Three times is not always a charm ...
The long-term United States Army aviation plans are to change drastically following an announcement that the multi-billion-dollar Future Attack Reconnaissance Aircraft (FARA) programme will be cancelled. And this is actually not the first time that the US Army cancels a project for this particular mission, not even the second time ...
The primary reconnaissance helicopter used by the United States Army for reconnaissance (and other) roles during the 1970s and 1980s was the Bell OH-58A/C Kiowa, later replaced by the armed variant OH-58D Kiowa Warrior. The US Army recognised the need to arm these helicopters and commenced the Light Helicopter Experimental (LHX) programme in 1982. This programme changed its scope over time and the focus was on replacing the OH-58 Kiowa with an armed reconnaissance helicopter during the 1990s. The Boeing-Sikorsky RAH-66 Comanche was selected as a winner and the prototype first flew on 4 January 1996. Due to budget overruns, delays and an analysis which showed that the helicopter would absorb two thirds of the US Army aviation budget by 2008, it was decided to cancel the programme in 2004.
The next attempt started in the same year as the cancellation of the RAH-66 programme. In a request for proposal (RFP), the US Army started to look for a replacement of the OH-58D Kiowa Warrior under the Armed Reconnaissance Helicopter (ARH) programme on 9 December 2004. The Bell ARH-70 Arapaho was selected as winner on 29 July 2005. Again delays and cost overruns resulted in the US Army also cancelling this programme on 16 October 2008.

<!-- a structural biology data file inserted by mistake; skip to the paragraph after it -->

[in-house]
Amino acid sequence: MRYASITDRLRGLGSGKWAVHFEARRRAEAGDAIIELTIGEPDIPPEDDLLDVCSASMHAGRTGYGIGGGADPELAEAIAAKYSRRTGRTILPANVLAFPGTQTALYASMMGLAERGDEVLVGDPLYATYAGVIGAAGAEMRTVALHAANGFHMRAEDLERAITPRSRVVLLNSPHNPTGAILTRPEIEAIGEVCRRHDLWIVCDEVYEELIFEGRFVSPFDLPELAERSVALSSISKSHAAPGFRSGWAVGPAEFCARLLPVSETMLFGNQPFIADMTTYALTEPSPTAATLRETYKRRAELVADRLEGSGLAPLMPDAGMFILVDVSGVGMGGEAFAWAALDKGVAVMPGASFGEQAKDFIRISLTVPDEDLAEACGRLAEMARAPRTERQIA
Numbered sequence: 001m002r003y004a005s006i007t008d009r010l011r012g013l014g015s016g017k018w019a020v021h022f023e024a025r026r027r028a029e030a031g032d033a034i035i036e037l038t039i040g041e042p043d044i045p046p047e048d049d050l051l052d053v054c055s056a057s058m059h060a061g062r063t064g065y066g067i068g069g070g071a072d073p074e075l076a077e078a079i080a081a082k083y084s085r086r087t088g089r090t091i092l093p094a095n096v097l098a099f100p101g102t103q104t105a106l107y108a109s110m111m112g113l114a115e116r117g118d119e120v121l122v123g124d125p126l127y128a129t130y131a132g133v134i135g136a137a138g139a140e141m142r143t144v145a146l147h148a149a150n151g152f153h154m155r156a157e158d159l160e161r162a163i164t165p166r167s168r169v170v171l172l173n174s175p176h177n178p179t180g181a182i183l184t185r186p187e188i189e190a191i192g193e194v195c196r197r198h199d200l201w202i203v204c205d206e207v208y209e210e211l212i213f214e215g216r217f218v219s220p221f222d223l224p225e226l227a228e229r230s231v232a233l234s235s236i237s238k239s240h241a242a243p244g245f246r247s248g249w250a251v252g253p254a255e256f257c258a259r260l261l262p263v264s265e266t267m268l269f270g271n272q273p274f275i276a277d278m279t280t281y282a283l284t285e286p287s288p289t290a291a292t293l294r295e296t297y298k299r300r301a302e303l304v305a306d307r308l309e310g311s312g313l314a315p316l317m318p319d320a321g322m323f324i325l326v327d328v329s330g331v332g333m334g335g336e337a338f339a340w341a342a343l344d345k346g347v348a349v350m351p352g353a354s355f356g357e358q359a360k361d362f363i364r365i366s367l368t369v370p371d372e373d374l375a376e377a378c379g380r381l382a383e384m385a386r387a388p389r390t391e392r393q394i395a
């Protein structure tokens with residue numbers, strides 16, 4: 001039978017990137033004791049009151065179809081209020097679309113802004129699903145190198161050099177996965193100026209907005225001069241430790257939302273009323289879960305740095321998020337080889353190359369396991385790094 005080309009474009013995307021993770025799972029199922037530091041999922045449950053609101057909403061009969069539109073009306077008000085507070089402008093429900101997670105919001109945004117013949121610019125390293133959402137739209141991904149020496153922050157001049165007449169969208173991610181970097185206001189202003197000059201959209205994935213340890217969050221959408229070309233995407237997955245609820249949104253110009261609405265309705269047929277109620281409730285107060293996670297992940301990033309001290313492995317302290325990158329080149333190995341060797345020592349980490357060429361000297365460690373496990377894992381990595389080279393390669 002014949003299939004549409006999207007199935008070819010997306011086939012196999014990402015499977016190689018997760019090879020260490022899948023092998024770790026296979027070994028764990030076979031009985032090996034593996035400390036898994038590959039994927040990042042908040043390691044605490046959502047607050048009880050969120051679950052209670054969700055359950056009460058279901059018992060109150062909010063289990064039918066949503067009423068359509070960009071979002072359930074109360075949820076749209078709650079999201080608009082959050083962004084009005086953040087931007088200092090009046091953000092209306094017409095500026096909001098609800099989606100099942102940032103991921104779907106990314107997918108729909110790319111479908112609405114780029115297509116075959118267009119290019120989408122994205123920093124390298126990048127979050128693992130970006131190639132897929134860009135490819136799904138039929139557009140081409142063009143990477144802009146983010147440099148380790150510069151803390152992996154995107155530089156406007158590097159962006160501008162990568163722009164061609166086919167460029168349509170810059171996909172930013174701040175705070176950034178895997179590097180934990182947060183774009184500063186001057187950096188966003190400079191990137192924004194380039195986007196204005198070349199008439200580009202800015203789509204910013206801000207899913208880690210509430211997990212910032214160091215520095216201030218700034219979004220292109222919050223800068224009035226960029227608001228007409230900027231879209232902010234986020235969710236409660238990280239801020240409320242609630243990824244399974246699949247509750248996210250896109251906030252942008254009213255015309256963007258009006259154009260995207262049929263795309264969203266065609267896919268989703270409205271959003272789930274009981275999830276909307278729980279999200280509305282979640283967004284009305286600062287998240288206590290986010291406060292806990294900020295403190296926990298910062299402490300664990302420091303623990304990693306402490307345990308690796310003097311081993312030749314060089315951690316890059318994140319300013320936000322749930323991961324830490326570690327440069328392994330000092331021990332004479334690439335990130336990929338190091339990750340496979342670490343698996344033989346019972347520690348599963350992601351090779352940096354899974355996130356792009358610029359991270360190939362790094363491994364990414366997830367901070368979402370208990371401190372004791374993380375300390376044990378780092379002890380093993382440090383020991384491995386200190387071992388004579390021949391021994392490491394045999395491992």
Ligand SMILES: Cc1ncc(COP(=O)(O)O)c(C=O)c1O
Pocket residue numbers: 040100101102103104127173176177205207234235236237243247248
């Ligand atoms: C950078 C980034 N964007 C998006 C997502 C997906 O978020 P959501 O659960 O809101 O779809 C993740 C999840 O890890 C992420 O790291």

With the OH-58D Kiowa Warrior being retired in 2016, the capability gap was filled by using Unmanned Aerial Systems (UAS) and AH-64D Apaches. Under the FARA programme, this gap was to be closed again by developing a next-generation helicopter for this role. FARA was launched in 2018, and from the bids both Bell (Model 360 Invictus) and Sikorsky (S-97 Raider) were selected to commence construction of prototypes for flight testing in 2024.
In the February 2024 announcement, the US Army states that careful examination of the modern day battle field casts doubts on the survivability of helicopters being used in the armed reconnaissance role. The lessons learned from especially the war in Ukraine, but to a lesser extend also of the conflict in Gaza, show a new understanding of aerial reconnaissance. Army Chief General Randy George made this statement in a press release, and also mentioned that sensors and weapons mounted on unmanned systems and in space are far less expensive and much more effective than before.
Depending on the approval of the US Congress of the 2024 spending bill, work on the FARA project will continue this year, but will be cancelled as of fiscal year 2025. This would mean that the project will be completely cancelled as of 1 October 2024. Of course these plans are yet to be approved by the US politicians.
Credit photos: Bell Helicopters and Sikorsky Aircraft Corp. (Lockheed Martin)